How is Child Support Calculated?
Calculating Child Support
Learn about the key factors which determine child support rulings and help parents secure fair and accurate child support agreements
In New Jersey, child support awards are largely determined by New Jersey’s Child Support Guidelines. These guidelines attempt to create a roughly uniform method for calculating child support any time the parents of a child divorce, or are unmarried and live in separate households.
So while these guidelines do go a long way towards determining any kind of child support award, for example during a divorce, child support modification hearing, or child support termination or continuation matter, it is still important to retain experienced legal counsel any time you are deciding a child support award for your child. Arguments can be made by either parent for what exactly their financial situation is and how that would impact what they might be expected to pay or receive in terms of child support, as well as arguments in regards to what exactly the needs of your child or children are and whether or not those needs fall under child support obligations.
At Jacobs Berger, our attorneys see every case we take as a new opportunity to help our clients build a solid foundation for their family’s future. We take pride in being accessible and responsive to the inquiries of our clients and work hard to mitigate the financial, emotional, and practical stresses of divorce, family law, and child support disputes for our clients in Morris County communities including Morristown, Madison, Denville, Randolph, Dover, Rockaway, East Hanover, and all of Northern New Jersey.
Call our Morristown office today at (973) 447-3943 to discuss your unique needs and concerns in a comprehensive and confidential case assessment with a member of our legal team today.
Custody and Child Support Lawyers
One of the most important factors that go into any child support determination is that of the existing child custody and visitation agreement between the parents.
Typically the custodial parent, or parent of primary residence, will be the one to receive child support payments. While there are other factors to consider (see the sections below), generally the more time that the children spend with this parent of primary residence, the more that the other parent will be expected to pay in terms of child support.
Income and Child Support
The second factor which factors heavily into any child support determination is that of the income of both parents.
For example, if both parents earn roughly the same annual income, and share roughly the same amount of parenting time, it may be the case that child support is not awarded at all. On the other hand, if one parent earns significantly more than the other and only spends two overnights with the child a week, they will most likely be expected much more support than if that same parent enjoyed roughly equal parenting time.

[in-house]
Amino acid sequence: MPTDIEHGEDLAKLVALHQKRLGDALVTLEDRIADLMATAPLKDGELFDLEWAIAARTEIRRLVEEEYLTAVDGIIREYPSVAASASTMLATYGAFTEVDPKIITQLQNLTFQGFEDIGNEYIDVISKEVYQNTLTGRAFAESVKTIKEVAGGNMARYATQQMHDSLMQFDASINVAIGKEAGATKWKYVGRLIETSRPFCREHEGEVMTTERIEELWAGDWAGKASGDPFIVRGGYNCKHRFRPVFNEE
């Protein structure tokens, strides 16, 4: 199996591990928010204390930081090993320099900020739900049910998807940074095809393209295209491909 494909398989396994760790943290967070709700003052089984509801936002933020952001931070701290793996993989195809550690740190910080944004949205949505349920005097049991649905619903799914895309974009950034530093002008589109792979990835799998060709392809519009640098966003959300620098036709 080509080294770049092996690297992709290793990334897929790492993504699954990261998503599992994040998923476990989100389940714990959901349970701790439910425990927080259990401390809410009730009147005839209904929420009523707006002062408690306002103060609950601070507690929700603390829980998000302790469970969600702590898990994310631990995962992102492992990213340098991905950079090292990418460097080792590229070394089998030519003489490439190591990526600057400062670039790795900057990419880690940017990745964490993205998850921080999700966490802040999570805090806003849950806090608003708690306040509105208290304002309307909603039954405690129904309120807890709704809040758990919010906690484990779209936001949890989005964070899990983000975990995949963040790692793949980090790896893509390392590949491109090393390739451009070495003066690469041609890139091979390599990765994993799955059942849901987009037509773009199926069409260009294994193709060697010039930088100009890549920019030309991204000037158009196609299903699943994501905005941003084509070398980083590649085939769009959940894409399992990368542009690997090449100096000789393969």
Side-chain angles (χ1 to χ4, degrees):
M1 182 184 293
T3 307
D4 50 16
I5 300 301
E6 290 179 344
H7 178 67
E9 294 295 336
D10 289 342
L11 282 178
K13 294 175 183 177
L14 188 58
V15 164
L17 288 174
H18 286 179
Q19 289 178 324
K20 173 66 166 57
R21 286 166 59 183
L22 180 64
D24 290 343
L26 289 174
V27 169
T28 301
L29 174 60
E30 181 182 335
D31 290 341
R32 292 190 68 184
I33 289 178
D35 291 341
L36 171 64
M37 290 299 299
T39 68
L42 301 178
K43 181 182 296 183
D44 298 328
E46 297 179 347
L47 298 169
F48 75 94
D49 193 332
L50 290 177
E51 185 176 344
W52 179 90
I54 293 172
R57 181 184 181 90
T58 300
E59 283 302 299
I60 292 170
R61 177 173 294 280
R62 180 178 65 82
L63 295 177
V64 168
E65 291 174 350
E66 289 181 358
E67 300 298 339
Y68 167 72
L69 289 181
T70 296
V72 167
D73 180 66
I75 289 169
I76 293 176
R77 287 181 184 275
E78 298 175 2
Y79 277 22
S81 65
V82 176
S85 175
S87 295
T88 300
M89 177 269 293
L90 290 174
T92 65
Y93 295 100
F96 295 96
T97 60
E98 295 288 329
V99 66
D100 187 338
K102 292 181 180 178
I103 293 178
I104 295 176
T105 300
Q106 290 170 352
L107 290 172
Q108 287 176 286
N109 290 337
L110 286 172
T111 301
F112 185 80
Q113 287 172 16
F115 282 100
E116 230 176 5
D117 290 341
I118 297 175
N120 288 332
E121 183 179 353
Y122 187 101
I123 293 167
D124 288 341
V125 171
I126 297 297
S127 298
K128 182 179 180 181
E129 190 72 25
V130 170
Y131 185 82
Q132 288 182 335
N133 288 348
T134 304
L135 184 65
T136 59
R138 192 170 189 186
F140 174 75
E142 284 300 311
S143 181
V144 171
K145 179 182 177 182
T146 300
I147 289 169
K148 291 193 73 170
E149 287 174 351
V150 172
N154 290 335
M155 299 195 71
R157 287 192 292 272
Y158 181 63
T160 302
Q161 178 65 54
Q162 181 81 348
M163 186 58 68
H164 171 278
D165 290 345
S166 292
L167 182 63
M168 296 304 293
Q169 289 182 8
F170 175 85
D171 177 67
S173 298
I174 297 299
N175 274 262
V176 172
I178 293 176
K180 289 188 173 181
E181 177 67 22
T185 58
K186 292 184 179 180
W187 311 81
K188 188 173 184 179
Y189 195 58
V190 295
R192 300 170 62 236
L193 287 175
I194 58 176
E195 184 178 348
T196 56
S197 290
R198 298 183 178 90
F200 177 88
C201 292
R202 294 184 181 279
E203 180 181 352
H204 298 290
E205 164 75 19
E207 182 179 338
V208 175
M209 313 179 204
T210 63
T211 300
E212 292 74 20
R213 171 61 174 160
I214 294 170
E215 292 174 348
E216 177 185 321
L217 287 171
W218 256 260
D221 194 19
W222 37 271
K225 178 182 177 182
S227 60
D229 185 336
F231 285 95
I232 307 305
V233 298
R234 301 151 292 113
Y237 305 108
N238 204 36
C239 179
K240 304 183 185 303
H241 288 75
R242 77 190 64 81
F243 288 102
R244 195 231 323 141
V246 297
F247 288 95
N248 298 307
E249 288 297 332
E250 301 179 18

Of course, family courts will consider more than just each parent’s salary when weighing the financial situation of each parent and how they might affect a child support agreement. Other considerations include:
- Profits from an owned business or business investment
- Royalties, bonuses, interest on investments, capital gains
- Annuities or other gains collected from a trust
- Property income including collected rent
- Distributions from social security, deferred compensation, lawsuits, retirement plans, and more
- Child support payments obligations for children from another marriage or relationship (these payments will be deducted from eligible gross income)
- Much more. Navigate to the New Jersey Child Support website for even more information
How is Child Support Calculated in New Jersey, and Are There Exceptions?
For a quick glance at what you could potentially expect to pay in child support, there is a quick calculation tool provided by the state of New Jersey. It is important to note that this figure will almost certainly change after considering the specifics of your family’s unique circumstances. In general terms, the following will be used to calculate the child support which you owe or to which you are entitled:
- Number of children involved in your agreement
- Child custody arrangement between co-parents
- Gross income of each co-parent
- Marital status of each co-parent
- Age of each child involved
- Any current child support payments as part of a separate agreement
Further considerations that may cause a shift in your child support agreement can involve special needs of children such as expensive medical treatments, schooling, and more. For families with seven (7) or more children, these calculations may be altered as well. At the end of the day, child support agreements are put in place for the best interests of the child. Judges, mediators, and our Morris County child support attorneys will all work with you to reach that goal.
Contact our Child Support Attorneys Today
At Jacobs Berger, our experienced and qualified child support attorneys believe in understanding the calculations set forth by the state of New Jersey without letting them get in the way of amicable and reasonable discussion. Mediations, arbitrations, or other out of court agreements which can be hand-tailored may lead to the best results for our clients across Morris County communities including Madison, Dover, Randolph, Morristown, Denville, Morris Township, Rockaway, East Hanover, and across Northern New Jersey. We will work to deliver dynamic and personalized legal solutions to come to the child support agreement which works best for you and your co-parent.
If you have any questions or concerns regarding child support agreements, child support calculations, or any other family law matters, please contact us online or call our Morristown offices by dialing (973) 447-3943 today for a comprehensive and confidential case assessment.